A picture paints a thousand words according to the old adage and what better way to simplify a complicated concept than with an eye-catching image.
Infographics, or information graphics to give them their Sunday name, are visual representations of data intended to simplify information clearly and quickly.
With some 65 percent, of us categorised as visual learners, it’s no surprise that a high-impact infographic is more likely to be read than a chunk of plain text no matter how exciting the contents.
Infographics are fun to read and are extremely useful for boiling down data and making it palatable, and they’re suitable for use in any sector from toy sales to medical statistics.
While they are not a new concept, newspapers, for instance, have used them for years, more recently they have become invaluable as a marketing tool.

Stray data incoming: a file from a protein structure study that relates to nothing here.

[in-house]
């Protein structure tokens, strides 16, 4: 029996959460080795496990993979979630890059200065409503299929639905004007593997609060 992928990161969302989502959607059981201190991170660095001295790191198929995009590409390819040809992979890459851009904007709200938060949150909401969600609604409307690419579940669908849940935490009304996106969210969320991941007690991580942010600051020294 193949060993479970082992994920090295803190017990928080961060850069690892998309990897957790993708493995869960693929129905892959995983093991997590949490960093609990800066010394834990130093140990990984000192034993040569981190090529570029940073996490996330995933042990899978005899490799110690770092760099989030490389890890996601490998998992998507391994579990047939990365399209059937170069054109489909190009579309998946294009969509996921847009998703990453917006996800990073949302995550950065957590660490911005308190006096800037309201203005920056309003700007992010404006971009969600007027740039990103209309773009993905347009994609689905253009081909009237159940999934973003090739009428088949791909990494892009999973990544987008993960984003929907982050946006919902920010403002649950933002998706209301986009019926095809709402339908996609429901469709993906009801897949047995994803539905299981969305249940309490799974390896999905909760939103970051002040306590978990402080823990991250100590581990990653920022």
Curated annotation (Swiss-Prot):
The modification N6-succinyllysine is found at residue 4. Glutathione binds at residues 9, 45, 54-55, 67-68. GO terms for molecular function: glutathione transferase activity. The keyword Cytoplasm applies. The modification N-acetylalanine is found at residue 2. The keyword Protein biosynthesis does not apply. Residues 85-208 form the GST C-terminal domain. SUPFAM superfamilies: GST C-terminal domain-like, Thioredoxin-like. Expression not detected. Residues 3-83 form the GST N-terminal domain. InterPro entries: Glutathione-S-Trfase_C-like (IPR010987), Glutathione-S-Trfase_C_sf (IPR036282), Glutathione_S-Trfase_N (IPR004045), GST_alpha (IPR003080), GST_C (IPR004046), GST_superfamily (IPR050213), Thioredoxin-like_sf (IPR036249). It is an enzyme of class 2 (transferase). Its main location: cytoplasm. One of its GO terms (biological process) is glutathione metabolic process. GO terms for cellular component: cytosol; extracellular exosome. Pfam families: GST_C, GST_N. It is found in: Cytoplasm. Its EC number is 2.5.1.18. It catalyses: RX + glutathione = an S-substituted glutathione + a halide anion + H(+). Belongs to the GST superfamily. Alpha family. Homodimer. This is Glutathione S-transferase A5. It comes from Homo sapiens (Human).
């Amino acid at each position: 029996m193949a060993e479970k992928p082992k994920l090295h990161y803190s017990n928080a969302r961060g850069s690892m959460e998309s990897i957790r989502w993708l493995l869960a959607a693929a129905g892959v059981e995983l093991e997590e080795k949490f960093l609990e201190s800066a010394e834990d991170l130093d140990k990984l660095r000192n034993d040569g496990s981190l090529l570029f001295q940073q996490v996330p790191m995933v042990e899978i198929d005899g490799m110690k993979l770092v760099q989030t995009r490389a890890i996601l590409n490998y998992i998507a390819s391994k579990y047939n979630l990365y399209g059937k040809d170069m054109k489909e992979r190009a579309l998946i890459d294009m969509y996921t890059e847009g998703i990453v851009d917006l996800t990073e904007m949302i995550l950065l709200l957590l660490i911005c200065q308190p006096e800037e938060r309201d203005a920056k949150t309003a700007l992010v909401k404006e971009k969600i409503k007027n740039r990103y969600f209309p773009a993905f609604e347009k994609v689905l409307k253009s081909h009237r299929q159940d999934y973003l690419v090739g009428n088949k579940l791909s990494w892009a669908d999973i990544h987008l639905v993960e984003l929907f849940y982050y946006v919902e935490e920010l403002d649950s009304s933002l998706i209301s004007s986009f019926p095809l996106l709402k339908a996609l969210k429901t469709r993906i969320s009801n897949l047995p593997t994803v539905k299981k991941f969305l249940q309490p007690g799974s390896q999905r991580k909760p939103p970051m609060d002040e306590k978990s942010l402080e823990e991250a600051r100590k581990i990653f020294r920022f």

Facts and figures from surveys can be difficult to display yet lend themselves to being presented in a simple and attractive graphics. A good example also carries authority as they do take some researching but using them well will mark you out as an expert.
In print, infographics can also be used to illustrate features in place of photographs. Not all subjects are easy to capture in stunning or even mediocre photos; an infographic, however, can be used to illustrate what might otherwise be a somewhat uninspiring concept.
From a marketing point of view, they can even be created using corporate colours to reinforce a brand image. Logos and website addresses can be worked into them to maximise brand awareness. Even the most niche markets lend themselves to the infographic as to a certain degree it doesn’t have to be about the actual business just of interest to your target audience.
Because they are high impact and fun to read, infographics are ideal for use on social media. E-shots, blogs, press releases and even whitepapers can all benefit from their use to simplify complicated concepts and share statistics at a glance.
They’re also relatively easy to handle. They can be embedded simply and be tracked with analytics. SEO loves them plus because they’re simple and eye-catching they’re more likely to be shared.